Knock the wind out of their sails. Bursting their bubble. Give the run around. Throw a monkey wrench in. All these idioms really explain well the idea found in Colossians 3:21. God’s instruction is “Fathers, provoke not your children to anger, lest they be discouraged.” That word discouraged comes from a word with a negative prefix. Thumos is the original word which has the idea of moving, spirit, and impulse. In other words an internal motivation. Discouraged in Colossians is the negative of that word. It is knocking the wind out of your children’s sails. It is bursting their bubble. It is zapping all the life and spirit and want out of your child.
Do you look at your child and wonder what happened? Don’t look to far from yourself. There is a real danger in parenting which is discouraging your children. I recently listened to a sermon by Pastor Michael Edwards about what your children need to hear. The five statements he gave are listed below. Let’s look at what our children need to hear and feel from us so they are not provoked to anger or discouraged.
1. You can do it!
I remember when Luke was a baby we were looking forward to him crawling then walking. People kept saying, “Don’t wish for that yet, then you’ll wish they couldn’t crawl and walk.” What kind of thought is that. It is almost like their development is an inconvenience! Luke was a late walker, but the joy of seeing him do that is hard to surpass. At that point, as a parent, you are cheering for your child. You are so encouraging. When they fall you don’t say, “You lazy kid. Get up and do something!” You encourage them that “They can do it!”
What happens to that spirit of encouragement? Our children don’t receive the same treatment as they get older. Everything they do sort of becomes second-rate to them taking their first steps. The first step in our parenting is to encourage them throughout their life that they can do it. When life is hard, you can do it. When they want to quit or cry, you can do it. When they are about to excel, you can do it. This little phrase goes so far with your children.
2. I’ll help you.
Probably one of my favorite things to watch is DIY shows. “Do it yourself” is a trendy phrase for our American ideal. However, that would be a damaging thing to say to your kids. Obviously there is a stage of independence children go through. You know the time they say things like, “I do it myself.” You always have to balance letting them grow up but at the same time let them know your there. The best way to let your children know that you are on their side, that you are there for them, is to tell them that you’ll help them. Look at your children and the things they face and let them know that you’ll help them.
The biggest investment on your part is the fact that this takes time! Did you hear that. I mean did you really hear that. It might mean less time watching TV or playing with gadgets. Less time doing the things that you want to do to sacrifice time for your children.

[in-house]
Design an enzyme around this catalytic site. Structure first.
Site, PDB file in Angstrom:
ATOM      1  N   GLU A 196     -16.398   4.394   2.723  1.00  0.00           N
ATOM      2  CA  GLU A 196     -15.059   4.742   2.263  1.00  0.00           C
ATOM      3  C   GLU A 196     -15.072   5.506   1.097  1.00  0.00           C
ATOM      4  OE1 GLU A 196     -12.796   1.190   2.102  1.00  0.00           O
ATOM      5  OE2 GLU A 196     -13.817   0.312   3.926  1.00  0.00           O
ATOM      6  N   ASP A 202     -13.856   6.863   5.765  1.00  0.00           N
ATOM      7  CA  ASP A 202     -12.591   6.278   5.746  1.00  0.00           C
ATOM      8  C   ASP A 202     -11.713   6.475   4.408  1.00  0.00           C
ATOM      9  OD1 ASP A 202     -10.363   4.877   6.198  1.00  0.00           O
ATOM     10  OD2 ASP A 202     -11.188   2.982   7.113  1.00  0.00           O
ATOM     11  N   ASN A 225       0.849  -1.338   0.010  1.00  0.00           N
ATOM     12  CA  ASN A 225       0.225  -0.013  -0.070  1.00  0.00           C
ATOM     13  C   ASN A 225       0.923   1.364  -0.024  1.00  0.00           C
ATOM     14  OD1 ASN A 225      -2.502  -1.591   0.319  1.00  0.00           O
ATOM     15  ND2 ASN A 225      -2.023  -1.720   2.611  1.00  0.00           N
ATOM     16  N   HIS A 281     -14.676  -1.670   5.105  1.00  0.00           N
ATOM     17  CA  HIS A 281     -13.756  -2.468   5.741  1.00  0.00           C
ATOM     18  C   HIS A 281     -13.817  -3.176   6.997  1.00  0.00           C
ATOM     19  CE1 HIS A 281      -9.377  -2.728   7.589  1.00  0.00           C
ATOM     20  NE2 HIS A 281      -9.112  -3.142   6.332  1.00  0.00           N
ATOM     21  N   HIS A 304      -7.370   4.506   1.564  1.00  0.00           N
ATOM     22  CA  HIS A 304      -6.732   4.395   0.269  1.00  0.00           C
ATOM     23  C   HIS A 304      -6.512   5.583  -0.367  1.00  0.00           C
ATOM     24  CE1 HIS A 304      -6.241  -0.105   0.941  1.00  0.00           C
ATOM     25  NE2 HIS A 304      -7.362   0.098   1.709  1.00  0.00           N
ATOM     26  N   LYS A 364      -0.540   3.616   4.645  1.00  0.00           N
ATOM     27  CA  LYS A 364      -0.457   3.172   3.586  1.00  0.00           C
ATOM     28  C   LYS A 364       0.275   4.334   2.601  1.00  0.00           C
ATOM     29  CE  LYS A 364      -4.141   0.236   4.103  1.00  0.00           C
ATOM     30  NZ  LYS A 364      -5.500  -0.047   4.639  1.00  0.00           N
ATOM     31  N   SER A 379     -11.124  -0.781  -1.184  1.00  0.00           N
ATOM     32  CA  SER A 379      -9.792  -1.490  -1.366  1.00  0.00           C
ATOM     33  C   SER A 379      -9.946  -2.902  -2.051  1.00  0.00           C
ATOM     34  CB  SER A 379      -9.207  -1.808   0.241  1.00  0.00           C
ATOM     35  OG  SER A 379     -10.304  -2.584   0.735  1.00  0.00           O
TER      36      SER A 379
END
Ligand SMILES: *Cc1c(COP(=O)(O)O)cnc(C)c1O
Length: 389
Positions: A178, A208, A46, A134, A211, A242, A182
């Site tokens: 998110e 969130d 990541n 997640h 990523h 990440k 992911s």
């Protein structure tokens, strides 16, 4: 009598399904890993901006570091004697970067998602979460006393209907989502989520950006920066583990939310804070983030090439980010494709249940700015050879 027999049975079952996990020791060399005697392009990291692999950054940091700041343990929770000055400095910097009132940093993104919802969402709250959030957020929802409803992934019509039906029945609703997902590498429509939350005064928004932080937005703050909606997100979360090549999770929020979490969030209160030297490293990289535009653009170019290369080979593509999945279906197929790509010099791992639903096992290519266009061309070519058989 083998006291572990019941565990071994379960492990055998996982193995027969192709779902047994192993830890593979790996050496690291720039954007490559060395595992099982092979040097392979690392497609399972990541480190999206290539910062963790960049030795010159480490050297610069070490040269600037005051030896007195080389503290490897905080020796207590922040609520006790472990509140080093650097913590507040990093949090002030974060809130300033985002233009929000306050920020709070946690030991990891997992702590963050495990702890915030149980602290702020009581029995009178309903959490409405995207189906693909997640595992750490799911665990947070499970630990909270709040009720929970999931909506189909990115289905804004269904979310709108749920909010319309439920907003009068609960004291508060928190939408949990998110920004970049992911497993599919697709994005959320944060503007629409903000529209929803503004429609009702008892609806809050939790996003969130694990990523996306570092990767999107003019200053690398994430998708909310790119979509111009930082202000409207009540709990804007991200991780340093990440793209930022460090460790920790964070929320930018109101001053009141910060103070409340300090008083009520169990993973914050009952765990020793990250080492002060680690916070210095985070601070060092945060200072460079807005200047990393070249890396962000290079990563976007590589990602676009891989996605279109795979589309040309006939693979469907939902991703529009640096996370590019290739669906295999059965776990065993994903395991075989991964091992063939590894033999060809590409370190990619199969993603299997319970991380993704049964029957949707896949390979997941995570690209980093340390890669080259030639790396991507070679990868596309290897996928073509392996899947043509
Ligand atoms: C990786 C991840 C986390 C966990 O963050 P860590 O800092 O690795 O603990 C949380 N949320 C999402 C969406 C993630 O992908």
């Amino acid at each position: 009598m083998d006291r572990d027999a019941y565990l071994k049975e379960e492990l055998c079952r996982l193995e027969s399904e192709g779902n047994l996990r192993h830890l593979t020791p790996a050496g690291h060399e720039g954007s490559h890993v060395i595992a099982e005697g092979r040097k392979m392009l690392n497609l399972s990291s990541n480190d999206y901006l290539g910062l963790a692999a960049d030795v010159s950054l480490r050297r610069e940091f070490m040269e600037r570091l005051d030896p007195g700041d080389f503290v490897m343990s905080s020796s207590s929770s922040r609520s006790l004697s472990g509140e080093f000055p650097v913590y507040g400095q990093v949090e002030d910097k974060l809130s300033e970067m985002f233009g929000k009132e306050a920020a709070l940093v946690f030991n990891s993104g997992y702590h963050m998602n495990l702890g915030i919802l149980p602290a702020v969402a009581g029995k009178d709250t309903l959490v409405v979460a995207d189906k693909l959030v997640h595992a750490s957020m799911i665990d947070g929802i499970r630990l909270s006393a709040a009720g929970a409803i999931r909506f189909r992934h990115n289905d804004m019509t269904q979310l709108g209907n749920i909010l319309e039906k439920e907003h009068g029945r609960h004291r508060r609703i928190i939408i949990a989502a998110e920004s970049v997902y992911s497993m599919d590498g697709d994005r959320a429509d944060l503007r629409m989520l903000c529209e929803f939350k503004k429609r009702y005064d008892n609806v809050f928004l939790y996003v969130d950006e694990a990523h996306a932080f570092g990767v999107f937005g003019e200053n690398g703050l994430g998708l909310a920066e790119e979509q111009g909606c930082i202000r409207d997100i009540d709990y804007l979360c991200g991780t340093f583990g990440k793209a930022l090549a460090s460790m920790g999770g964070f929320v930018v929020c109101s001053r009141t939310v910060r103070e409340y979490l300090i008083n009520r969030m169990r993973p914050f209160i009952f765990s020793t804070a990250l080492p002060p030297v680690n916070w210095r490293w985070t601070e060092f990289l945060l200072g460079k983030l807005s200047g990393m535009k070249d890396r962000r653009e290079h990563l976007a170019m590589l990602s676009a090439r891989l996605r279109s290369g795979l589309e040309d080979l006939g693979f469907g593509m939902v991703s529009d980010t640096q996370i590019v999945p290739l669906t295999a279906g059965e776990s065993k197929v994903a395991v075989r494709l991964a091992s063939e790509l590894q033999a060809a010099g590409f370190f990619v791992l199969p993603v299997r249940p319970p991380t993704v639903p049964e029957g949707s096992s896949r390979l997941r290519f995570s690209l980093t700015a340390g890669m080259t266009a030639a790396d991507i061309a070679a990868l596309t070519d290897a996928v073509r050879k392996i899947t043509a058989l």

3. I’m proud of you!
My mom still tells a story from my childhood. When I was just a little tyke, they were teaching me how to blow my nose. We were in a restaurant and I noticed the pretty, leafy garnish on my plate. I decided to put my training into action and blew my nose on a lettuce leaf. That would not be one of the “proud of you” moments.
Sometimes with our children we focus on the funny and not so funny embarrassing moments. When was the last time you looked at your child and said you were proud of them?
4. No, you may not.
This is sometimes the hardest thing to say, but we have to remember what our responsibility is as parent. We just talked about this in our parent Sunday school session. Another word for discipline is realignment. You take your car in for discipline or realignment. Why do our children need alignment? Whenever anyone does wrong we move outside of God’s promised protection. When our children do wrong we are God’s agent in their life to realign them to God’s will.
Sometimes we can avoid fixing problems by preventing them at the beginning. Instead of realigning we could think of this as restraining. I began to think about this idea of restraining. What would be the biggest help to me in the restraining process? Learning to tell myself no, you may not. If we as parents are weak in telling ourselves no, you may not, then why would we think that our children would respect us telling them the same thing.
5. I love you.
This isn’t just a trite whimsical statement. This is a purposeful and planned expression. Find ways or reasons to tell them that you love them. If they are younger and they were well-behaved one weekend, then pull them aside and tell them that you love them and you thought they did a great job. If they competed in a sport or performed in an art, stop and tell them you love them. Many times there isn’t any reason necessary. Just say, “I love you.”
Don’t discourage your children. Parent, step up to the challenge of these five statements. There are probably other fine things to say to your children, but this would definitely start you in the right direction.